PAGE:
Next week I’ll be barking about not only the second phone call but also the third call with Dr. Jodi. They were wagnificently interesting & impawtant.

Until then, stay safe.

CEO Olivia

Olivia’s Annual Checkup Part 1


Hello everyone. Those that follow my Facebook page Oh, The Life of Olivia will already know that I had my annual health check up on April 13th.  Dr. Kim Facey, the Vet I have been seeing since I was 9 months old retired last year & sold her practice to two pawtastic Vets, Dr. Janson & Dr. Bierworth aka Dr. Brooke & Dr. Jodi.

Like the rest of the world we are dealing with the Covid pandemic & because of this we missed my appointment last year.

For any of you that have had to visit your Vet recently, you are probably aware of the procedural changes to how to do things safely. This year, I had to go inside by myself while huMom & SAM waited in the parking area. They were able to talk to the vet as my exam proceeded with huMom’s cellphone. I was not that happy when I realized huMom was staying outside, but I was treated very kindly (treats & praise) & it wasn’t long before I was back with my family.

To prepare for my vet visit, huMom had a phone consultation with our favorite Veterinary Assistant & Client Care Representative Channon the day before. HuMom explained that I am not to receive any vaccines due to the risk of triggering a seizure & that I was not to go through a decontamination processes where I would have been sprayed down with chemicals to disinfect me because this too could trigger a seizure. My leash & harness were sprayed down but not me.

Another thing huMom did before my visit was to download what’s called a canine body map. We have a link to download dog or cat body maps for free on our resource page. These maps show a dog or cat from the top, the bottom, both sides & the face. huMom did this to show exactly where I had a couple of subcutaneous fat deposits that she wanted looked at. This helped save time for my vets because it showed where on my body to look. Afterwards my vet said that the body map was very helpful. Turns out the lumps were nothing of concern but of course they were measured & documented.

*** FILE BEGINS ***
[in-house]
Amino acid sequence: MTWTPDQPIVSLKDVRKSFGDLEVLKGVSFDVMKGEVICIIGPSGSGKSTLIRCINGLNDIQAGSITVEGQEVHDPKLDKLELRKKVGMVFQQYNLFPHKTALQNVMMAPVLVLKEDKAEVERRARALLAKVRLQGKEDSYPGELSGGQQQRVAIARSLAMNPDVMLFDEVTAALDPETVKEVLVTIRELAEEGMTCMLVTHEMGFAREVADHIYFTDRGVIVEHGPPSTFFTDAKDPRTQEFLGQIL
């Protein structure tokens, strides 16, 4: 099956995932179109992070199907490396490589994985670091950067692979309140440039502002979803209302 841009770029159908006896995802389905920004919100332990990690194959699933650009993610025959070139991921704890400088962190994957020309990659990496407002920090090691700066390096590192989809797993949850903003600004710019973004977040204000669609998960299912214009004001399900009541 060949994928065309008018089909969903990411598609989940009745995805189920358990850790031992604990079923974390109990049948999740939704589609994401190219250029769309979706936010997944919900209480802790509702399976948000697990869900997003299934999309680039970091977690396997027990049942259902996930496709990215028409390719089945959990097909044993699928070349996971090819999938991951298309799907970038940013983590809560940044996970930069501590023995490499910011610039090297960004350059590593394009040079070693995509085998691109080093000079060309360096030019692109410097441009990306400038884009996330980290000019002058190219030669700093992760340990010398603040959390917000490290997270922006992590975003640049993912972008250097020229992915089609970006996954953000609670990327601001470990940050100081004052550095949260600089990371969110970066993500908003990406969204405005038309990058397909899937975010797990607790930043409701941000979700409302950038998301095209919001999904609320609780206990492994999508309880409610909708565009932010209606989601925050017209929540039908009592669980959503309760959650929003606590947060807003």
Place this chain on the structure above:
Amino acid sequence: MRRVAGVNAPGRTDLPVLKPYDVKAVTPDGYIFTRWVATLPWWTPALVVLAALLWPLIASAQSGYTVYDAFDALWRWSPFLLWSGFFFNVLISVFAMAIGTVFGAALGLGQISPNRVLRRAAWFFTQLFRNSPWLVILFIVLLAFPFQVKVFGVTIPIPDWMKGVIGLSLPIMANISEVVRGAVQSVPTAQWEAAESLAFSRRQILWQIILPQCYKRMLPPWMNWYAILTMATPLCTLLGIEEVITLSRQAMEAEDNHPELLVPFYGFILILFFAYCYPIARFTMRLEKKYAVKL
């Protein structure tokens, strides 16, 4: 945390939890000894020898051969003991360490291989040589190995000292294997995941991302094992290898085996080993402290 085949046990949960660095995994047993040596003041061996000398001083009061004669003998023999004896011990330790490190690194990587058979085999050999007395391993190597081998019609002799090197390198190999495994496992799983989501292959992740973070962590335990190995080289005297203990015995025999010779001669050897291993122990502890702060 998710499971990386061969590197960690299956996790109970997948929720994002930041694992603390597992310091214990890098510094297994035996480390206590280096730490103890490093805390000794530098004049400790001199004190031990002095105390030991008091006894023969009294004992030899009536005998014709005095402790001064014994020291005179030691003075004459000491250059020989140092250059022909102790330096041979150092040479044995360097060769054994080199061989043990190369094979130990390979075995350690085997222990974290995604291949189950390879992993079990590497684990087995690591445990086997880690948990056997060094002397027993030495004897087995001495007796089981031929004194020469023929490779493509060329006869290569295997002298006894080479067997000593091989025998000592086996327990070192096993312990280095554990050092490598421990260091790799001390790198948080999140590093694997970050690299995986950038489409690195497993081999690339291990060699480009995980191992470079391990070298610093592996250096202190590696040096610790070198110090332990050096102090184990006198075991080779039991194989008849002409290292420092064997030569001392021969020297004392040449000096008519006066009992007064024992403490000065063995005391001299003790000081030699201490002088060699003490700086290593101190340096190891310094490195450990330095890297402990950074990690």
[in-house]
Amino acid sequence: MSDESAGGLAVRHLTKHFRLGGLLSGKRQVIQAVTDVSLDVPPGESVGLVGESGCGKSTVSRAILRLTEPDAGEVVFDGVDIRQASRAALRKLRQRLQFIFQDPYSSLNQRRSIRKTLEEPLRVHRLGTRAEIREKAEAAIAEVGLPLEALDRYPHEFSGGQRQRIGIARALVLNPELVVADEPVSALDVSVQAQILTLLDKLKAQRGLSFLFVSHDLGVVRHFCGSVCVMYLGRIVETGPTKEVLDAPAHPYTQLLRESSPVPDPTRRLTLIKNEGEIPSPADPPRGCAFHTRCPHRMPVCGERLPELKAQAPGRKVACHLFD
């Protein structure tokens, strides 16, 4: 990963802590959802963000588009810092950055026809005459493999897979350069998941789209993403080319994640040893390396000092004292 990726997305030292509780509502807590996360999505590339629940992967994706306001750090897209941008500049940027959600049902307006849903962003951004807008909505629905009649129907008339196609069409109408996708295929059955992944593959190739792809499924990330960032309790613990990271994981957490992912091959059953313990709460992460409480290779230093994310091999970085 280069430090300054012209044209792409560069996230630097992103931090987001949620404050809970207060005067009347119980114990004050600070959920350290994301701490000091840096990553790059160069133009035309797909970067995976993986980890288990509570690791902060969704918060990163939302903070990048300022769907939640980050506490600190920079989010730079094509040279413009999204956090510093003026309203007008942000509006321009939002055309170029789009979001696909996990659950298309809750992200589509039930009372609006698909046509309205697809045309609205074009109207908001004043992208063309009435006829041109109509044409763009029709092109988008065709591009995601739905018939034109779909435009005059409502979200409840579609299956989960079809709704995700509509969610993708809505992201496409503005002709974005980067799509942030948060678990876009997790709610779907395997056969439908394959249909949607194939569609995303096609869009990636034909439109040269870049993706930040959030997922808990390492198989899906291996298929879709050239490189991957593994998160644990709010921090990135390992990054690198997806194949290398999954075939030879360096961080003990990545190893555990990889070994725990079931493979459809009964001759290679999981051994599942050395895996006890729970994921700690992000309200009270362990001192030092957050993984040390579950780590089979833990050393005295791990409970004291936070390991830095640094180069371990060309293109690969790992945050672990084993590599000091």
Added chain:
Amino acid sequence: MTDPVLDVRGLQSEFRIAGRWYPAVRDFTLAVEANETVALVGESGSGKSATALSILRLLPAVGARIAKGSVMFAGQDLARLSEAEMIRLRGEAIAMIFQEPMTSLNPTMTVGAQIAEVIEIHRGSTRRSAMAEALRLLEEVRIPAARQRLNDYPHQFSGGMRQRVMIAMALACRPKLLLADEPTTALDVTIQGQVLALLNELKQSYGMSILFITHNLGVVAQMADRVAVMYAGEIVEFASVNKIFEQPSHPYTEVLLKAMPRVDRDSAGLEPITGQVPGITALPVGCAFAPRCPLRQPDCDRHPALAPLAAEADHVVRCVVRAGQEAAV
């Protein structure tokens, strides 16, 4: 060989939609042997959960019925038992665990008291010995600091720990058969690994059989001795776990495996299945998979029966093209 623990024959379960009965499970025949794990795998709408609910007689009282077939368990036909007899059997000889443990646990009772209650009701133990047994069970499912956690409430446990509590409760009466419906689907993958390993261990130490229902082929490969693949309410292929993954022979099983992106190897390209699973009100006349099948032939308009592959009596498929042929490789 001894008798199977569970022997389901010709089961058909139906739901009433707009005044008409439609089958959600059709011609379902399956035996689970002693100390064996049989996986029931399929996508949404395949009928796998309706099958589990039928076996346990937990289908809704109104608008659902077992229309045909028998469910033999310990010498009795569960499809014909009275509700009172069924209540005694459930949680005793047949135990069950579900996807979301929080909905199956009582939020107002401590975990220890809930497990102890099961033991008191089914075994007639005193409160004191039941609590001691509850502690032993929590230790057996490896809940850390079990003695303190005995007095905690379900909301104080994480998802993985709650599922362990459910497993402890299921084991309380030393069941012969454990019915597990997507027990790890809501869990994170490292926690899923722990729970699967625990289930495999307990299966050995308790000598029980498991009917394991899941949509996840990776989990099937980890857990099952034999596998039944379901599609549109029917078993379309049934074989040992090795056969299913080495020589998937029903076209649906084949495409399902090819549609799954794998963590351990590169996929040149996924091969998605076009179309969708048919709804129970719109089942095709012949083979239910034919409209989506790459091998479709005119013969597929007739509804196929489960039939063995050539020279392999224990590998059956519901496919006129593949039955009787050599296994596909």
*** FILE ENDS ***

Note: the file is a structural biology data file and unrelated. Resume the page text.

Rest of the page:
As pawformed in previous annual visits blood was collected for a Heartworm test &  Wellness T4 test.  More blood was collected to check my Phenobarbital & Bromide Levels. Several vials of blood were necessary for testing, so when I got home huMom gave me some organic raw honey with coconut yogurt &  wild blueberries. Doglicious as it was I still had not had my breakfast & medicine time was coming up.  Both of which I was given before huMom insisted on a much needed dog nap to regain my strength.

My trip to the vet went very smoothly. HuMom came prepared & my vets & the staff are just the nicest people a dog could meet.  A seizure is always possible after a stressful or overly excitable event but thank dog, I stayed strong.

Next week I’m going to bark about how to understand your blood work, my results & our post check up phone call with my vet.

Until then, have a wooftastic week.

CEO Olivia